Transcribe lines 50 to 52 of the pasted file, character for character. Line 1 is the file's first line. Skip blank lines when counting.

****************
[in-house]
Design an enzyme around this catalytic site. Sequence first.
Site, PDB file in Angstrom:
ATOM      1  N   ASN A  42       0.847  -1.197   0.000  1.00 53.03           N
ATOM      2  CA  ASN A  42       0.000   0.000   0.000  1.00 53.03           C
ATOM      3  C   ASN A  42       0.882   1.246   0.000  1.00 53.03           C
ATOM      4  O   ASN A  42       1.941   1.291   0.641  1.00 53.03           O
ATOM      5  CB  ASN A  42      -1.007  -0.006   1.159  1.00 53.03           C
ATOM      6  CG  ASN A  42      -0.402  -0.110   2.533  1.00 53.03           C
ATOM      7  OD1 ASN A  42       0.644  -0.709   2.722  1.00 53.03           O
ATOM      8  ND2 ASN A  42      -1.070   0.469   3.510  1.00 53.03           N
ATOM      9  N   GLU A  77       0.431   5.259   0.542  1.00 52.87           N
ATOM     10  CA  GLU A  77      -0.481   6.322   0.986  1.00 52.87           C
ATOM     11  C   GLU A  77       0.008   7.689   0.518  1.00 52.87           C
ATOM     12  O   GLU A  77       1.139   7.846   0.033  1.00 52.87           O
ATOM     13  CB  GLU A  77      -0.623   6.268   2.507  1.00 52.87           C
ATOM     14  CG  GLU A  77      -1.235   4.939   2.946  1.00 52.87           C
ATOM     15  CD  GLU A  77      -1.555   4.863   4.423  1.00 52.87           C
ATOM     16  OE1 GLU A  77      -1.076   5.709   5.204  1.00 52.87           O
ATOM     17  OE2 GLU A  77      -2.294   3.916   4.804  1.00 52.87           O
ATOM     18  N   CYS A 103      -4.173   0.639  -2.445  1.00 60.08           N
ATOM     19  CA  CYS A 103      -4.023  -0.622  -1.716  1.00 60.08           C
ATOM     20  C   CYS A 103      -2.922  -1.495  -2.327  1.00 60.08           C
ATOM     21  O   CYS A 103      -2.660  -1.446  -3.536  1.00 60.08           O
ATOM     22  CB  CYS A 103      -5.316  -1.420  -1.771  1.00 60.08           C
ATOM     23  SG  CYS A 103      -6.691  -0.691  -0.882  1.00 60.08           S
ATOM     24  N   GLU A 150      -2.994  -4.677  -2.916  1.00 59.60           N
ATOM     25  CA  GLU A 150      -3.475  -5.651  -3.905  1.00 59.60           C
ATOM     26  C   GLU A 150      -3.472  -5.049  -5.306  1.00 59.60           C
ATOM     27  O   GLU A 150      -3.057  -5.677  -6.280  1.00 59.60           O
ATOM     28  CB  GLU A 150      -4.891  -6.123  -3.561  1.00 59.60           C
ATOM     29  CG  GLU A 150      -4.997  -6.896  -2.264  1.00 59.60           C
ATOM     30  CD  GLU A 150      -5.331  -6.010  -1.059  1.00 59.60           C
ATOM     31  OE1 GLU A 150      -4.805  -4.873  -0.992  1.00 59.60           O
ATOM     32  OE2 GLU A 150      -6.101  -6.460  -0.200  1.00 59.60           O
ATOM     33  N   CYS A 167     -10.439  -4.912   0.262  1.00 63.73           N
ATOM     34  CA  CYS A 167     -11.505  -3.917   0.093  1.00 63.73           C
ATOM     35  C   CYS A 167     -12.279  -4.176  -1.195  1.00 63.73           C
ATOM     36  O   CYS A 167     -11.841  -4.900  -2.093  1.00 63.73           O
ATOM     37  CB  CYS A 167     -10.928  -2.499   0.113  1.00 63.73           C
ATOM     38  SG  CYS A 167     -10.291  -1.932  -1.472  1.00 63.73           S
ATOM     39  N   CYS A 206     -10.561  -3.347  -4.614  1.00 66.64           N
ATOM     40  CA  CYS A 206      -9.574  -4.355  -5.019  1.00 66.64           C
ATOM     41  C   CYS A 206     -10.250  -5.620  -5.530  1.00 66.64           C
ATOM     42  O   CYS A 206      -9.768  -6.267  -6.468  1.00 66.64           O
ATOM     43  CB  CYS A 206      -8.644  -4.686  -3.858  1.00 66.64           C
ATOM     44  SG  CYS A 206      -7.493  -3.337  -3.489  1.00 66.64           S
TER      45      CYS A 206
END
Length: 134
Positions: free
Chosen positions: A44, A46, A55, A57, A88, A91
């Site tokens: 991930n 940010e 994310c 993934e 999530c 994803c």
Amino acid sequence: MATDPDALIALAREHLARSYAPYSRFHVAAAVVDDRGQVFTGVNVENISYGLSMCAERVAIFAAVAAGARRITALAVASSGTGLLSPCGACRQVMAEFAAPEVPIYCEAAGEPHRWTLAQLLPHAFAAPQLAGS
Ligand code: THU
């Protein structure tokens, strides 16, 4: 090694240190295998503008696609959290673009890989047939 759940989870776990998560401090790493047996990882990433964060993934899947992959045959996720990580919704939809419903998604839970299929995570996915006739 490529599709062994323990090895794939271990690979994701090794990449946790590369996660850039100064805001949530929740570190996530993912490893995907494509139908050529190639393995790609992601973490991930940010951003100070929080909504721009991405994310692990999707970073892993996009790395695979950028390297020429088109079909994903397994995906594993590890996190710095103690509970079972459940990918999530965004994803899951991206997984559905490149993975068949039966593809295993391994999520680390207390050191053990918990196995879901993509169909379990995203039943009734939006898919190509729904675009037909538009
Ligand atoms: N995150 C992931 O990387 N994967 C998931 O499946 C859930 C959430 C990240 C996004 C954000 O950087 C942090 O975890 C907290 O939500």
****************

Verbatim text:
Length: 134
Positions: free
Chosen positions: A44, A46, A55, A57, A88, A91